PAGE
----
To Live is Christ

Happy Thursday to you all. Last Sunday we wrapped up our journey with Paul through the book of Acts, and this week I’ve been mulling over Paul’s statement in Philippians 1, “For me, to live is Christ, and to die is gain.”

I think the “die” part gets a bit overemphasized in that short statement. Here’s the “die” part. Paul knows when he dies it will be rad to be with Jesus. Ok, we’re done with “die” part.

The “live” part is more important for most of us, and through out journey with Paul I have been struck by how true this statement was for him. His ministry was a catch-as-catch-can kind of affair. The only consistent strategy he seems to use is going to the Jews first, then the gentiles. Other than that, he talks to whomever, whenever, wherever.

I’ve known some people who do this without much skill. Those folks tend to not listen, just talk to whomever, whenever, and wherever. Paul, however, puts a great deal of effort to have the appropriate (not always non-confrontational) conversation based on the background and story of the individual or group.

Jesus is the answer. To live is Christ. Jesus is the central character to all the stories, but they are different and varied stories.

I love Paul’s answer to Agrippa when he asked if Paul was trying to convert him in such a short time. “Short time or long-I pray to God that not only you but all who are listening to me today may become what I am, except for these chains.”

To live is Christ. We want more for us, jealous and covetous for more intimacy with Jesus. To live is Christ. Every relationship around us is a story in which we have a role to play.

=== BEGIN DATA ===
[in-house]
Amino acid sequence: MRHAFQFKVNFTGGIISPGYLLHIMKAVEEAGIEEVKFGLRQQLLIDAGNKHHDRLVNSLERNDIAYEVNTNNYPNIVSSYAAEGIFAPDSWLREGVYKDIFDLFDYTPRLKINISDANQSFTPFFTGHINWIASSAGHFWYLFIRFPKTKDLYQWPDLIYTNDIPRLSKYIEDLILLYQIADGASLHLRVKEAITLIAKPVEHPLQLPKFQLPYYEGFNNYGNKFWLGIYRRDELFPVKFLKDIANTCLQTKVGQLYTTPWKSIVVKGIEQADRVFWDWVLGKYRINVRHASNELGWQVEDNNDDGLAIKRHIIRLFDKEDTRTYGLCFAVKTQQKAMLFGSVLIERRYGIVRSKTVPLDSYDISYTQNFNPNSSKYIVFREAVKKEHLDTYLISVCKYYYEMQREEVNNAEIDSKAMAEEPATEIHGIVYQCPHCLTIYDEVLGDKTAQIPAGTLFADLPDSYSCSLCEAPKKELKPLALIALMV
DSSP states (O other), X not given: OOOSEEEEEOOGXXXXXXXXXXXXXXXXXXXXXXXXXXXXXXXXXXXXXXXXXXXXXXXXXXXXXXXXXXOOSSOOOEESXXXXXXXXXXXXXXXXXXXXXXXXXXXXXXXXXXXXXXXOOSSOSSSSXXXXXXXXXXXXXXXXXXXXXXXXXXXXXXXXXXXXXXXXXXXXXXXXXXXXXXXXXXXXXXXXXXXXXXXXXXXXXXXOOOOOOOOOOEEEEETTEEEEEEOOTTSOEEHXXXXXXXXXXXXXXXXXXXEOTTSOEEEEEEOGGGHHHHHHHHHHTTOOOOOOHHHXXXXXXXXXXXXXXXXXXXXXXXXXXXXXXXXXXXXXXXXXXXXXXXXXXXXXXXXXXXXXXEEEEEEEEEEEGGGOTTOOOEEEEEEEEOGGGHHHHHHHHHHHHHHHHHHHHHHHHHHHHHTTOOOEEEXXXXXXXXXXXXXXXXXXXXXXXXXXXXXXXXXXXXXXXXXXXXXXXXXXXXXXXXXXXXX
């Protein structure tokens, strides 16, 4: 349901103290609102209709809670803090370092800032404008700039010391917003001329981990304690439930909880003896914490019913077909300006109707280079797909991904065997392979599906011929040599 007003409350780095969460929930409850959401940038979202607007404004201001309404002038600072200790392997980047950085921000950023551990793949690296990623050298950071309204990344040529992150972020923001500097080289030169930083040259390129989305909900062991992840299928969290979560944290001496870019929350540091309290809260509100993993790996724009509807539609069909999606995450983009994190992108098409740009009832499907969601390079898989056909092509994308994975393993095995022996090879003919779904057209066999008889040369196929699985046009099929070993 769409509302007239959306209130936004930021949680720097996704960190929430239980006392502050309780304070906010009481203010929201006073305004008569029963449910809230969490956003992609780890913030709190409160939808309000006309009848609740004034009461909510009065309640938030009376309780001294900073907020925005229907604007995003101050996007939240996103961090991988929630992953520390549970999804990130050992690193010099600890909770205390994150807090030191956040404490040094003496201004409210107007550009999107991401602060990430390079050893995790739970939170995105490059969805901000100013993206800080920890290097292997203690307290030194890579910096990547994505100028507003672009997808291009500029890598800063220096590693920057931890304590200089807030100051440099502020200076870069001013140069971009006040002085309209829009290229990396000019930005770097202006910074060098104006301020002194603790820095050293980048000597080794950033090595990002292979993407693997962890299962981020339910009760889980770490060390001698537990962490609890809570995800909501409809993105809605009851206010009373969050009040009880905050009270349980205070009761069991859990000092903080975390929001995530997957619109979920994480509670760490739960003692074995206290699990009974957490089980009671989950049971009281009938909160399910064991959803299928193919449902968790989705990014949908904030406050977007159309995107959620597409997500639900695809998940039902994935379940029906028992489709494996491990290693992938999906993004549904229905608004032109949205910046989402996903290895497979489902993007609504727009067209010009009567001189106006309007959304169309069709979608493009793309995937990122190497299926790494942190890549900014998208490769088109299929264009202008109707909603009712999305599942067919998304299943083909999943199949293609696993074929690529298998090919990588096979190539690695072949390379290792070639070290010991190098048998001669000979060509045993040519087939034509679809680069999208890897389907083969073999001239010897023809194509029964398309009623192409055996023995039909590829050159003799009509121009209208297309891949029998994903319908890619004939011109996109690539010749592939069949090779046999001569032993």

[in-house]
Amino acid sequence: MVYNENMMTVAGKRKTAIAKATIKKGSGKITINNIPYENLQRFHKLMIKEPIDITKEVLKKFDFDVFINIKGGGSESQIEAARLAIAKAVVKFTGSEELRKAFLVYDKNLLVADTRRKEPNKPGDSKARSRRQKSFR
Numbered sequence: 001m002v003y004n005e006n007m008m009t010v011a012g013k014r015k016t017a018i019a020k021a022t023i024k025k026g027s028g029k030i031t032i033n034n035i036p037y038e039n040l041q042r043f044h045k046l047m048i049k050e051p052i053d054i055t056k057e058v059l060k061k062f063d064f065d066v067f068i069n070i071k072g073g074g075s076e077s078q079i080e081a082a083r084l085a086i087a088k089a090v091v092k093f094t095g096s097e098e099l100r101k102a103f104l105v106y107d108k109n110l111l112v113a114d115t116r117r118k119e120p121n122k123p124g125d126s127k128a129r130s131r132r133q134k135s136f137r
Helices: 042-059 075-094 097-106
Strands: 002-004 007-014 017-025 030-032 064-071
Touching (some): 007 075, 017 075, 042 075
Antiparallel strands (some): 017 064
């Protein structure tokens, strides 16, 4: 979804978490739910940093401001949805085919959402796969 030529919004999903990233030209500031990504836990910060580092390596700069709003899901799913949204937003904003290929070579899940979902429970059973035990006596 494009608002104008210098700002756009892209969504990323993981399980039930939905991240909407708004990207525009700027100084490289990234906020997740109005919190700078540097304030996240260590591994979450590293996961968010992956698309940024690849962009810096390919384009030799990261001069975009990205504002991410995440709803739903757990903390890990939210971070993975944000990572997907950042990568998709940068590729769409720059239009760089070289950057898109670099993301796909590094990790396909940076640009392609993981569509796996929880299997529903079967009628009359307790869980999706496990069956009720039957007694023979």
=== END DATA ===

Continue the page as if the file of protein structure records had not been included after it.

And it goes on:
That’s all I have to say about that,


Old Christian Cartoons

I was looking at some interesting cartoons this week that took a pretty stark but honest look at the world, and there were a handful I had to save.

This one made me think of too many folks I care about who stop discovering the amazing things God has put in their life because they have judged other’s treasures to be better or more spiritual or important.

Dayn loves to quote Ephesians 2:10. “For we are his workmanship, created in Christ Jesus for good works, which God prepared beforehand, that we should walk in them.”

Within that statement is an intimate a personal thing. Our creation is personal, God’s gift in Christ is specific, not general, and the things He has set you up for within that creation had you specifically in mind. No one can do what you do. They can do IT perhaps, but then it’s what they would do and not what you would do. It’s missing the vital ingredient of God’s Spirit working through YOU.

Please don’t take this as a nice softball make you feel better kind of thought for the morning. You know I can’t handle being thought of as nice like that. It’s a clarion call. Honor God’s love and grace as it is expressed in your life and salvation. Dig your own hole and find that diamond.


This Just In: Loving Enemies is Hard

John 5:44 says, “But I say to you, love your enemies and pray for those who persecute you,” and I find that inconvenient.

This morning your coach team is even at this moment walking through an issue that makes us feel like certain forces are working against us, and there are names attached to those forces. Personally, I am not feeling love or motivation to pray.

The difficulty in this verse is that personal connection. Praying for politicians I disagree with, or groups I find offensive is hard, but doable. This verse is calling me to pray for those that are directly messing with me. I love justice. I have a deep desire for the bad guys to get their due. Jesus’ call to love and prayer feels like I am betraying my own heart. And I am.

Jesus calls us to betray our hearts of flesh every day. Jesus calls us to surrender and let Him be Lord and judge. Jesus asks me to remember that I only want the bad guy to get his due when the bad guy isn’t me…because then I’m hoping for grace.

It is necessary for me to keep my blinders fixed firmly in place to maintain obstinate opposition to Jesus’ words. Please write back with stronger justification than I can find to ignore Jesus or pretend He didn’t mean what He said, I’m totally open to suggestions.